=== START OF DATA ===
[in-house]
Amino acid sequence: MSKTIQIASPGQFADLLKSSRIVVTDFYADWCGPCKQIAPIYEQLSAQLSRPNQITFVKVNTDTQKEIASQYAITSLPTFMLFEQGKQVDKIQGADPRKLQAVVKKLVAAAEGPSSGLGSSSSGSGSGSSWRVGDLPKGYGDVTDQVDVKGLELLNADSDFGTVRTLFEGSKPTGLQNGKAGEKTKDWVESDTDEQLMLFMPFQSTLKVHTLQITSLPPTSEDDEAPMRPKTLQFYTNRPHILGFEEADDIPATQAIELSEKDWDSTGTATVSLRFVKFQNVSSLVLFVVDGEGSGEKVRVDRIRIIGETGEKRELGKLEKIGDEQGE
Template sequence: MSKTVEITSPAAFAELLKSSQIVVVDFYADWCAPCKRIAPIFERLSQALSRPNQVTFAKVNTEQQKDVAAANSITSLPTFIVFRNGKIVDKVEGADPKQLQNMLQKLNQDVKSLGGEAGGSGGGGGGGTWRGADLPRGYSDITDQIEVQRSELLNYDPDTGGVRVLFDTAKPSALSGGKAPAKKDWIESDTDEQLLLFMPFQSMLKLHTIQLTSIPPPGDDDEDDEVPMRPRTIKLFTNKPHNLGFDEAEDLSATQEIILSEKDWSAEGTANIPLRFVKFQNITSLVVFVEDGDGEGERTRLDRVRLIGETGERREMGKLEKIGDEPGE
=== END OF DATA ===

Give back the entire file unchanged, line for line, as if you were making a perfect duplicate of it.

[in-house]
Amino acid sequence: MSKTIQIASPGQFADLLKSSRIVVTDFYADWCGPCKQIAPIYEQLSAQLSRPNQITFVKVNTDTQKEIASQYAITSLPTFMLFEQGKQVDKIQGADPRKLQAVVKKLVAAAEGPSSGLGSSSSGSGSGSSWRVGDLPKGYGDVTDQVDVKGLELLNADSDFGTVRTLFEGSKPTGLQNGKAGEKTKDWVESDTDEQLMLFMPFQSTLKVHTLQITSLPPTSEDDEAPMRPKTLQFYTNRPHILGFEEADDIPATQAIELSEKDWDSTGTATVSLRFVKFQNVSSLVLFVVDGEGSGEKVRVDRIRIIGETGEKRELGKLEKIGDEQGE
Template sequence: MSKTVEITSPAAFAELLKSSQIVVVDFYADWCAPCKRIAPIFERLSQALSRPNQVTFAKVNTEQQKDVAAANSITSLPTFIVFRNGKIVDKVEGADPKQLQNMLQKLNQDVKSLGGEAGGSGGGGGGGTWRGADLPRGYSDITDQIEVQRSELLNYDPDTGGVRVLFDTAKPSALSGGKAPAKKDWIESDTDEQLLLFMPFQSMLKLHTIQLTSIPPPGDDDEDDEVPMRPRTIKLFTNKPHNLGFDEAEDLSATQEIILSEKDWSAEGTANIPLRFVKFQNITSLVVFVEDGDGEGERTRLDRVRLIGETGERREMGKLEKIGDEPGE